In various other alternative embodiments, an improved bone cleaning tool may be provided with spines or other features that may include independent bone cutting surfaces on one of more of the spine or other feature surfaces. The cutting surfaces may be designed with a plurality of shapes and configurations to accommodate the type of cutting desired by the surgeon and/or surgeon technologists, and selective activation of such cutting surfaces may be accomplished by a variety of techniques, including by reorienting of the bone cleaning tool and/or cutting surfaces relative to the soft tissue/bone and/or reversing rotation of the drill or other actuating tool attached to the bone cleaning tool. Such shapes and configurations of the cutting surfaces may include shapes or configurations that may allow and/or facilitate the grasping, pinching, cutting and/or severing of a specific type of target soft tissue and/or bone material there between. Furthermore, the shapes and/or configurations of the cutting surfaces may also have sharpened, beveled, and/or tapered cutting surfaces to sever, cut and/or grind the specific targeted bone or soft tissue, and/or accomplish whatever gross and/or fine cutting may be desired.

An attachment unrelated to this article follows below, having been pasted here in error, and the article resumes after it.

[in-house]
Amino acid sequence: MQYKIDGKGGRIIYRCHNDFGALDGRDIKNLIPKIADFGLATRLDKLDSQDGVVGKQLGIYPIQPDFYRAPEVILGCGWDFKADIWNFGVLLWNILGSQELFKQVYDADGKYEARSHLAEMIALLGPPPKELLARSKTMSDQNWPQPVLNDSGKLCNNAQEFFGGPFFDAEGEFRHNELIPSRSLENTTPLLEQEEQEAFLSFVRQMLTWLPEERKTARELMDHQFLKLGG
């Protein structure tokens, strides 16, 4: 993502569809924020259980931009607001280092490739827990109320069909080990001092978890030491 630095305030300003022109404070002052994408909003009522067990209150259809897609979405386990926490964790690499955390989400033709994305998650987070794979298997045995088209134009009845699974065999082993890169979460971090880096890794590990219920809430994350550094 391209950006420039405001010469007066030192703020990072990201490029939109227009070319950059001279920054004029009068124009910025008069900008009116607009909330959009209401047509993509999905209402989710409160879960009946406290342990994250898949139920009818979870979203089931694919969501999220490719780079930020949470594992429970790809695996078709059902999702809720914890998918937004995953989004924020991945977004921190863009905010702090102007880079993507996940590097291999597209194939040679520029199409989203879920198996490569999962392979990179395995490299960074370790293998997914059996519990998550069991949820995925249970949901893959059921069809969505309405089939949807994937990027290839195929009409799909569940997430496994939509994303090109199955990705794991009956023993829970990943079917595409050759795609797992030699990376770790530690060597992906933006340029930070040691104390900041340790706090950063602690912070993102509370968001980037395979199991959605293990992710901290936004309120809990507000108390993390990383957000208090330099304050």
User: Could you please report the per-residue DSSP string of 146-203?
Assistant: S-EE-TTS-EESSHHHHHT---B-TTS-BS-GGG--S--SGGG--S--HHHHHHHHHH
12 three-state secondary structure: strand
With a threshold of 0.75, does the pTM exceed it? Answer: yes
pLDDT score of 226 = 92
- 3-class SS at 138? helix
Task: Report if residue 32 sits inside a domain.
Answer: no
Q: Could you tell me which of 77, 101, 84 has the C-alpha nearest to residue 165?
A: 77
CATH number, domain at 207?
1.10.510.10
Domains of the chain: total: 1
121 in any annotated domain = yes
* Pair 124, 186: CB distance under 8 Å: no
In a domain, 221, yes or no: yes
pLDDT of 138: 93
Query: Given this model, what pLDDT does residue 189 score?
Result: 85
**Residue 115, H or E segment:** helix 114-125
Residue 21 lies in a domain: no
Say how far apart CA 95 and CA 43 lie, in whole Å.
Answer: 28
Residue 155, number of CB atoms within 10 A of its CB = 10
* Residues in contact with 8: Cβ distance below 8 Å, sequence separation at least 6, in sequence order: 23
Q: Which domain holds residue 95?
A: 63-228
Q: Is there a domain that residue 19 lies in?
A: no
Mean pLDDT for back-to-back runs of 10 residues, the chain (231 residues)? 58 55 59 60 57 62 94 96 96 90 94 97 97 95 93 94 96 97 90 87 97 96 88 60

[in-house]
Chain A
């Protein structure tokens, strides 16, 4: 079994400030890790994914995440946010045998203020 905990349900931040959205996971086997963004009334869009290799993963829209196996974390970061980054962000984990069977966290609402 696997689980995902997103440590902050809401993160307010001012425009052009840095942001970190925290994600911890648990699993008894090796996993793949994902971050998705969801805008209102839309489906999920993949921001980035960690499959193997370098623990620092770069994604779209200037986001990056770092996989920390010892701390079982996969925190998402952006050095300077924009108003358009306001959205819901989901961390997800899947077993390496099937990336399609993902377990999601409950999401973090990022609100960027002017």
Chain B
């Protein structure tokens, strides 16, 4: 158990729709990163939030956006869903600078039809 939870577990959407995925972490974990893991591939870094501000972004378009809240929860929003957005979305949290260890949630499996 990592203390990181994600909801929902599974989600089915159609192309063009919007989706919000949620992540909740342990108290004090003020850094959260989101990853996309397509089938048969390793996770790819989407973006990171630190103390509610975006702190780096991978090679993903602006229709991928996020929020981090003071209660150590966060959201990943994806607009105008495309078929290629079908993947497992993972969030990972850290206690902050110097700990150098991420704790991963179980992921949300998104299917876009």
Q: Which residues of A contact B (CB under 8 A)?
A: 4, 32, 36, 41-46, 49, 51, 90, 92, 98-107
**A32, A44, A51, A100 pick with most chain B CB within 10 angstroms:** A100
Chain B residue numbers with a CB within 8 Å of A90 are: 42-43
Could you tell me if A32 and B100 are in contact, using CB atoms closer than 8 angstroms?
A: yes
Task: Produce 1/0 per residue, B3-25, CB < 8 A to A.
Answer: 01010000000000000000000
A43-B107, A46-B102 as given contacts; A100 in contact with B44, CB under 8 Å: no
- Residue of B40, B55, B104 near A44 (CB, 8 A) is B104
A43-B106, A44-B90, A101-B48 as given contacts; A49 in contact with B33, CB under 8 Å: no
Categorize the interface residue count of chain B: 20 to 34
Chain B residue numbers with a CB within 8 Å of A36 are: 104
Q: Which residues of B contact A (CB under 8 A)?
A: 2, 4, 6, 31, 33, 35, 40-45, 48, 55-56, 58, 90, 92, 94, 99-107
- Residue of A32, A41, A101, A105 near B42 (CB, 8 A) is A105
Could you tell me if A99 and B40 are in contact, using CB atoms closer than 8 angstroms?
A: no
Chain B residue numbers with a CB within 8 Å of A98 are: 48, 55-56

In various other alternative embodiments, an improved bone cleaning tool may be designed with spines including a variety of flexible or non-flexible materials, or various combinations thereof. Desirably, the spines can incorporate a plurality of surfaces that, when orientation and/or rotation of the bone cleaning tool is altered (i.e., by reversing the drill, for example), present a different cutting and/or abrading feature to the tissue(s) of interest. For example, a bone cleaning tool may be constructed that removes soft tissue from underlying bone in a forward direction, but which cuts, shapes and/or removes bone when operated in a reverse direction. Similarly, a bone cleaning tool may be constructed that removes gross amounts of soft tissue from underlying bone in a forward direction, but which cuts, shapes and/or removes lesser amounts of soft tissue from underlying bone when operated in a reverse direction.